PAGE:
Cosmic polar shared between space and a hostile solid ground, Infiniti testifies to an obvious appetite for the genres. Even if it means overdoing it sometimes.
Tirelessly brought to the screen, thrillers find, sometimes literally, spaces for renewal. Recently, the British Vigil declined an investigation between land and sea, even in the anxiety-provoking carcass of a submarine. We remember Polar Day, epigone of‘Insomniawhich remained on dry land but was deployed in geographical regions subject to unprecedented constraints. Infiniti – which begins tonight on Canal + – plays on all these tables.
In the cosmic skies, the ISS and its occupants cease broadcasting, as the body of an astronaut is found in a grisly scene in the relatively unpredictable Kazakh steppes. An astronaut on the sidelines and a local cop will try to see more clearly, in what initially promises to be an investigation with very glaucous trappings that authors like Grangé or Chattam would not deny. We quickly perceive the outlines of a conspiratorial thriller, the beginning of an existential tragedy between past and present and, without spoiling the rest of the plot, a downright metaphysical SF with very “Tarkovskian” accents. There’s a lot to see and almost as much to enjoy in this technically impressive mini-series.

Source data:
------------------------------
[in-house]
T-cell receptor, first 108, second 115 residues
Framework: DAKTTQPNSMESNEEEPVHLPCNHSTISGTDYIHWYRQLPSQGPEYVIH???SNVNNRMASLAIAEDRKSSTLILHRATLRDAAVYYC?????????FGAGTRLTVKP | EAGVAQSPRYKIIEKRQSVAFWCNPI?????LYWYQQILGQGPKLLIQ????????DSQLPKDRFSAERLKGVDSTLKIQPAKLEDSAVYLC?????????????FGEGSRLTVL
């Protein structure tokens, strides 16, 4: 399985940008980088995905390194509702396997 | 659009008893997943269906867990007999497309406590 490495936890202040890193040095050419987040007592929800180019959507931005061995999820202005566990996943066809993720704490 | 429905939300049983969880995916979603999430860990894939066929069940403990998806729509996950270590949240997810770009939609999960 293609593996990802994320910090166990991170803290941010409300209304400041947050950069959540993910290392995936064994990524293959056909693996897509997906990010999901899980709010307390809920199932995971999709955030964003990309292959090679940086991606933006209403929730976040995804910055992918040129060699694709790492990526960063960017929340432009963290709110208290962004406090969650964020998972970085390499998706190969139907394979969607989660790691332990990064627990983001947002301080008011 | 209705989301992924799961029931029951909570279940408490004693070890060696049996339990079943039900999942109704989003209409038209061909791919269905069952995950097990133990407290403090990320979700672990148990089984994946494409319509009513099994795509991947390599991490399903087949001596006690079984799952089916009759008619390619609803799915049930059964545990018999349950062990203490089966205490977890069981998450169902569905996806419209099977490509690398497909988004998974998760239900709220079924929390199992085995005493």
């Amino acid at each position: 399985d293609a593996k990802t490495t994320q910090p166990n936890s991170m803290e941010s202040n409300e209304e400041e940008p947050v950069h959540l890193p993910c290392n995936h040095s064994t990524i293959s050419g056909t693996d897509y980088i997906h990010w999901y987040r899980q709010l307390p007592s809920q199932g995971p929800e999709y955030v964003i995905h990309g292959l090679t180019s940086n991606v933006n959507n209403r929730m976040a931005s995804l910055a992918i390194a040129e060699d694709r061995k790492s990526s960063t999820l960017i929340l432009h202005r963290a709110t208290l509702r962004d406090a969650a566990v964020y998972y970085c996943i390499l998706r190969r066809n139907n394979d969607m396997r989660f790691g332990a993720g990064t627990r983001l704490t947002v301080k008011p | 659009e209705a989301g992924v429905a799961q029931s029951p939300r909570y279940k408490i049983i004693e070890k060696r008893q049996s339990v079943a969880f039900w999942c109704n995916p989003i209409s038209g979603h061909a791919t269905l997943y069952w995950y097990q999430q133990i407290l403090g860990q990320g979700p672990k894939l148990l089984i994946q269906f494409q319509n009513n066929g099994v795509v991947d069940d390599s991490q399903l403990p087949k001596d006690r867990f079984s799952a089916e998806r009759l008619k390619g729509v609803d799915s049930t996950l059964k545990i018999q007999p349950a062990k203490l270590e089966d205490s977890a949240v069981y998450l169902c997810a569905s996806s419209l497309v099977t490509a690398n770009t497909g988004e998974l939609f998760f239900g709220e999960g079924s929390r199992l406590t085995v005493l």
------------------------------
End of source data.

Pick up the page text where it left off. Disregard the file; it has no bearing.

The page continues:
But the various elements of the plot jostle at the gate and, put end to end, agree with various fortunes, when they are not prevented from unfolding, for questions of priority. There remains the galvanizing exploratory appetite of its author duo, as well as its co-producers, who were already at the helm of the series Tasksperfect cousin work.